For the next class, students return to their groups and share what they have learned from their research regarding possible source locations. The instructor does another poll and asks for specific group hypotheses providing sample identification and reasoning. Each group is then told how many samples they have right/wrong. Students are given access to samples again, and groups are encouraged to work together to refine their hypotheses.
All through group work, the instructor may ask guiding questions, such as: "What type of source area would you expect for a sample of that composition?" "Did you see any interesting characteristics in that sediment sample that might point to a specific location of deposition?" "How does sample [x] specifically differ from sample [y]?"
Eventually, students hone in on the specific aspect of each sample that matches it to its source, and through peer discussion in and between groups, students agree upon the appropriate solutions and solve their own sediment matching puzzle.
Student response to this activity tends toward both excitement and frustration. As is typical of active learning environments, student situational interest is likely high, as it peaks through both group learning and puzzle-type activities (Mitchell, 1993). Through extending the activity into a mini-research project, situational interest may expand even more through active student involvement in the collection of knowledge. This could lead to increased academic performance for the students (Rotgans and Schmidt, 2011).
Although a systematic assessment of student outcomes from this activity has not been completed, general student recall, identification, and situational application of associated material on exams has been positive. There is also evidence that students remember this exercise into the future, as the course instructor has received sediment samples collected by former oceanography students who specifically mention the potential for use of their sample in this activity.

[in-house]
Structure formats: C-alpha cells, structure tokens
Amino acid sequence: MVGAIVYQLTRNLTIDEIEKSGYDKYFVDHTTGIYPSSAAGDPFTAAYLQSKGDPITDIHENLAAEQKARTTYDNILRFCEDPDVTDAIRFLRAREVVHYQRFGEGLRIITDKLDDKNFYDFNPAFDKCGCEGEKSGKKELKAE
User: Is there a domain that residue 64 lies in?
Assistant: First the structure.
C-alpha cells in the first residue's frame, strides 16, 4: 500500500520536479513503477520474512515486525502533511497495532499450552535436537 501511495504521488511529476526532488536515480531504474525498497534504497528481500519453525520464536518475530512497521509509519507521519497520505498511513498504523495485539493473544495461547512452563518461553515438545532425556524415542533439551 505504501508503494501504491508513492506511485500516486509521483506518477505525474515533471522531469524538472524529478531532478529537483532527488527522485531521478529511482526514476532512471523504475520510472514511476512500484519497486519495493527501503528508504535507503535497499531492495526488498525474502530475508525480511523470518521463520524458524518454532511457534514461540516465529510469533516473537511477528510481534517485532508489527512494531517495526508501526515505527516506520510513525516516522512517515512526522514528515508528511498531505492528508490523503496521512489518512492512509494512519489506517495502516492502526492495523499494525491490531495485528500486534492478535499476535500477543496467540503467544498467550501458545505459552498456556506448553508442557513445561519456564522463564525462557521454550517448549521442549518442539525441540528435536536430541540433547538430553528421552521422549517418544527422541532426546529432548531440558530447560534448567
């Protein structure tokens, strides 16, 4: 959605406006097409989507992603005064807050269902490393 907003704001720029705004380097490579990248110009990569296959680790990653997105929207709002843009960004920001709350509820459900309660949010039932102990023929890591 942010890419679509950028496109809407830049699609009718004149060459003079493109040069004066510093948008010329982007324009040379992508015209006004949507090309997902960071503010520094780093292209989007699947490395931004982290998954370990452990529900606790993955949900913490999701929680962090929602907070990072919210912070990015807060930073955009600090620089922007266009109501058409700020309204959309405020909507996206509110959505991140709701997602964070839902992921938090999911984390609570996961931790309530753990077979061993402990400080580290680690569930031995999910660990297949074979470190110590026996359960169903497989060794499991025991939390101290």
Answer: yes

The integration of a hands-on, sample-oriented active learning exercise into an oceanography classroom can be easily and cost-effectively completed through the use of coastal sediment, a hand lens, and a small amount of dilute HCl. Students interact with physical materials, conduct informal research, and engage in peer discussion and learning, while developing connections between prior knowledge and newly introduced situations and concepts. Students also appear to demonstrate higher situational interest pertaining to the activity that may extend forward by a semester or more.
- Freeman, S., Eddy, S.L., McDonough, M., Smith, M.K., Okoroafor, N., Jordt, H., and Wenderoth, M.P., 2014, Active learning increases student performance in science, engineering, and mathematics: Proceedings of the National Academy of Sciences of the United States of America, v. 111(23), p. 8410-8415.
- Henderson, C., and Dancy, M.H., 2007, Barriers to the use of research-based instructional strategies: The influence of both individual and situational characteristics: Physical Review Special Topics: Physics Education Research, v. 3(2), 020102.
- McConnell, D.A., Steer, D.N., and Owens, K.D., 2003, Assessment and active learning strategies for introductory geology courses: Journal of Geoscience Education, v. 51(2), p. 205-216.
- Mitchell, M., 1993, Situational interest: Its multifaceted structure in the secondary school mathematics classroom: Journal of Educational Psychology, v. 85(3), p. 424-436.
- Rotgans, J.I., and Schmidt, H.G., 2011, Situational interest and academic achievement in the activelearning classroom: Learning and Instruction, v. 21(1), p. 58-67.
- Waldrop, M.M., 2015, Why we are teaching science wrong, and how to make it right: Nature, v. 523(7560), p. 272-274.